Our current living room KODI server is getting a bit old. We currently have 8TB of storage between 2 x 3TB and a 2TB hard drive. Media is spread across the drives and is starting to get a bit disorganized. Part of the disorganization is because of the age of some of the data. Back when I first started ripping media for what was then called XBMC I used the command line interface program transcode to do a lot of work.
When it comes to soldering I have very little experience. Over the past few years I've picked up a tip or two listening to friends with experience, but I've done very little hands-on soldering. Here's what I learned trying to solder together LED strip lighting to light up the back of our television.
The ultimate authority on naming media for KODI is the KODI wiki: http://kodi.wiki/view/Video_management#Naming_files. As great as the Wiki is it's always helpful to have some practical examples, not just the naming conventions. Here's how I named a multi-episode file so that it would be correctly scraped in KODI.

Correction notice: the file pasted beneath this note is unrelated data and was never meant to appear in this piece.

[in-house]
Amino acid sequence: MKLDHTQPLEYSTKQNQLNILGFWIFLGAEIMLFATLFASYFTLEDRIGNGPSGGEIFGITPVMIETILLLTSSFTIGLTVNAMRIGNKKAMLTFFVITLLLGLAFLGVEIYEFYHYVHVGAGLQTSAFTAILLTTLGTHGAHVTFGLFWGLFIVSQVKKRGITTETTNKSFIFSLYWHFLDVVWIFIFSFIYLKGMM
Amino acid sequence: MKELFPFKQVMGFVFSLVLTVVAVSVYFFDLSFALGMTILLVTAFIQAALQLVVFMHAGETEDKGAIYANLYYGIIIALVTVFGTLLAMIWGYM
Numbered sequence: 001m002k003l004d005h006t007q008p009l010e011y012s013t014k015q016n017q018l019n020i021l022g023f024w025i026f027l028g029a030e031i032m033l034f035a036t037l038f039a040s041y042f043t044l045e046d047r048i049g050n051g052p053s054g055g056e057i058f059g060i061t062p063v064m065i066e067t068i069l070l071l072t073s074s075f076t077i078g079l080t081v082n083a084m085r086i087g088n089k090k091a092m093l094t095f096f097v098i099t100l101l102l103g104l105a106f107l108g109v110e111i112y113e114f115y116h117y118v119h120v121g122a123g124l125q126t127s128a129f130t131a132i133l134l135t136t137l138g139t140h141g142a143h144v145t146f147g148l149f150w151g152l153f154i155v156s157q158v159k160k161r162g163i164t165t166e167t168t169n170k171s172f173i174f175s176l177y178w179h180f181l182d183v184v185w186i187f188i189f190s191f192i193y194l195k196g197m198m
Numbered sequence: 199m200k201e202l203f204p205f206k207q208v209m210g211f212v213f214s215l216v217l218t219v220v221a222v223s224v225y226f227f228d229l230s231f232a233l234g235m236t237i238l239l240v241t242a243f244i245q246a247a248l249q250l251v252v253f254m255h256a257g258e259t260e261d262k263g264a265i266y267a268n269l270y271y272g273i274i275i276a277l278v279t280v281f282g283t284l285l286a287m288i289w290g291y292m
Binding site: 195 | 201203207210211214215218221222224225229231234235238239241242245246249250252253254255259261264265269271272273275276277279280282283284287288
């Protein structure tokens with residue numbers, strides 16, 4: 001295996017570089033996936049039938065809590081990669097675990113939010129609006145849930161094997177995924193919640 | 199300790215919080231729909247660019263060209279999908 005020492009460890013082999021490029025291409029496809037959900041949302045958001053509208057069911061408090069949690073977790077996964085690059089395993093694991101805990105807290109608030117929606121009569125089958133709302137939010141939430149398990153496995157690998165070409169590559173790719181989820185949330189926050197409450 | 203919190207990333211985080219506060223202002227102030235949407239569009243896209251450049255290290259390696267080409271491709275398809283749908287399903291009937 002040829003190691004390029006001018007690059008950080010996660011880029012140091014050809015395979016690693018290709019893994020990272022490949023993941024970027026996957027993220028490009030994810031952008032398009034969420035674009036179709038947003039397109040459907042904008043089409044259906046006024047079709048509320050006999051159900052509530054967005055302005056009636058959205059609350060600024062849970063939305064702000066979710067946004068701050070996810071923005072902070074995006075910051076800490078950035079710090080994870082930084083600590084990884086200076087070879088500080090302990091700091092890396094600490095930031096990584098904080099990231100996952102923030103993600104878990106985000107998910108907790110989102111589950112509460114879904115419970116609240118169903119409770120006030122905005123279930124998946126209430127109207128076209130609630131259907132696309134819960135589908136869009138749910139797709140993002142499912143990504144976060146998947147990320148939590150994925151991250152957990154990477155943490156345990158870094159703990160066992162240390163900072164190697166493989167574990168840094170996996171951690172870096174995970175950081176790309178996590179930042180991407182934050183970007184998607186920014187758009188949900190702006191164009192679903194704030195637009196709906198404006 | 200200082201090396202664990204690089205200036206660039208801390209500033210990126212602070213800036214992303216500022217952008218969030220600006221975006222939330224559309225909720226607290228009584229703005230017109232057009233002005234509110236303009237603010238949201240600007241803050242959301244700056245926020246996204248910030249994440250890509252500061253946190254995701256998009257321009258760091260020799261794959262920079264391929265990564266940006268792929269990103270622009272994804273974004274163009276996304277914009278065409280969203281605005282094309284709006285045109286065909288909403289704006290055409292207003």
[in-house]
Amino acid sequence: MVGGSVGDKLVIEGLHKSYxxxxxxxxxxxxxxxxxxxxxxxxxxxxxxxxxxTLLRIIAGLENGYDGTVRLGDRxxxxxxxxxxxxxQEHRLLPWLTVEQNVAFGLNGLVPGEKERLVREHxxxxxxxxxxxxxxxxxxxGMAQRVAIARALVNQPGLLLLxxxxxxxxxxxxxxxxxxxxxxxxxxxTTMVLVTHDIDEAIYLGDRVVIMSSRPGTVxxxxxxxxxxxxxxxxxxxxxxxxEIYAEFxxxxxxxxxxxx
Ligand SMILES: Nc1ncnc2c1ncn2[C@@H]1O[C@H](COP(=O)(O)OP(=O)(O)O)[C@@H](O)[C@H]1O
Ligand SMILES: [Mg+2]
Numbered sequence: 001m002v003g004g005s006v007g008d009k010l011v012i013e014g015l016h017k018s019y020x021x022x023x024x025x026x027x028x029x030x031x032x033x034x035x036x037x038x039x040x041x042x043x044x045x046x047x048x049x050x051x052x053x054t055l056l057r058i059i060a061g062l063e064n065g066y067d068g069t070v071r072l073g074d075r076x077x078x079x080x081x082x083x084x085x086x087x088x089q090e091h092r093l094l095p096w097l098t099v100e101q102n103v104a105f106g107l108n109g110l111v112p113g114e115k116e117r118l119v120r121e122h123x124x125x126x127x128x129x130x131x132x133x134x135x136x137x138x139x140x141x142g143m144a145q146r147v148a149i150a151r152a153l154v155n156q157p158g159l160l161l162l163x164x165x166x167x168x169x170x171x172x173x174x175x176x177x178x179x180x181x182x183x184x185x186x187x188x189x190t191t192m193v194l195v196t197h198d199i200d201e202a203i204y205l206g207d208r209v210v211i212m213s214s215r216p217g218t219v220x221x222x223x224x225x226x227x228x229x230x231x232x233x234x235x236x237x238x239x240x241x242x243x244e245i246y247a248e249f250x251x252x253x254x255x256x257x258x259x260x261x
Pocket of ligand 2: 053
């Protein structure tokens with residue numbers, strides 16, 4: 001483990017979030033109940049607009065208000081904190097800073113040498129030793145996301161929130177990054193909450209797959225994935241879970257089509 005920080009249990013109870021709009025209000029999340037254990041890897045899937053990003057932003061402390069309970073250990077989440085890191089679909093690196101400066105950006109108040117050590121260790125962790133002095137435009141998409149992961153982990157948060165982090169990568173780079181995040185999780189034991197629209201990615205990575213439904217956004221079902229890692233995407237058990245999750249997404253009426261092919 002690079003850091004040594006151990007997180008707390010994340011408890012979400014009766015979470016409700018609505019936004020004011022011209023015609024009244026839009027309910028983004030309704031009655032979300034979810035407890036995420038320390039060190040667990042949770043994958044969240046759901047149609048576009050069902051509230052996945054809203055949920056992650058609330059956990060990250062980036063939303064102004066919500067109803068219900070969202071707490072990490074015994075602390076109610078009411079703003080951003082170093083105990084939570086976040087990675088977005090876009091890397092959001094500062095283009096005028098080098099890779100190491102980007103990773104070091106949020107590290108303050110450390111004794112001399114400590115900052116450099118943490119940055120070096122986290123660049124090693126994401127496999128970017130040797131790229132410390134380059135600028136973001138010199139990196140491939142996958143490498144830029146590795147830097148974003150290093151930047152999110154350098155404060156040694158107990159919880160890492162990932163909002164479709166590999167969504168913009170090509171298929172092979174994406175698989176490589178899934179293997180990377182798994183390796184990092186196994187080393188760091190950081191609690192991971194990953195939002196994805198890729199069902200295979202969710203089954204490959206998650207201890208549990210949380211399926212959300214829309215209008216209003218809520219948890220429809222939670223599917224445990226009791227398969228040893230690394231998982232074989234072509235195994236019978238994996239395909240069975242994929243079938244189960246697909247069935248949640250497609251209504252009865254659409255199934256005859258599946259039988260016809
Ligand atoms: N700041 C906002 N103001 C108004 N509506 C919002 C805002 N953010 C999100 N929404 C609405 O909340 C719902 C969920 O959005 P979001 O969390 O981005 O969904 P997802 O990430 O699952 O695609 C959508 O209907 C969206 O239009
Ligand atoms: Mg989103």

One of the things Santa blessed me with this year was several Bluray movies. And while we have a Bluray drive attached to one of the televisions in the house it's not always the most convenient method of playing movies. Most of the Bluray discs came with the option to download a "digital copy," but copies are often laden with DRM. I like the ability to stream from our Kodi/XBMC box to any device so I ripped several of the discs only to find out that none of the rips had any audio. When I checked the MakeMKV settings it appeared audio was correctly inserted in the stream.
I've been using XBMC, now KODI, for a few years now. Over those years I've tried ripping my optical media using a wide variety of programs, exported to many different formats (OGG, AVI, MP4, MKV), and used a few different naming conventions (with underscores, without underscores, appending DVD/Blueray to the name, with(out) date). The different naming conventions really stuck out last night while I was adding more video to our KODI server.
There are dozens of Android boxes for cord cutters. We've owned a couple of boxes, the lower-end Pivos XIOS DS Media Play, and the more beefy MyGica ATV582. Both boxes are good machines, but compromise on certain features. When it came time to buy a new Android box to run KODI on we looked for a device that combined the best features of each box and we ended up with the Zoomtak T8H.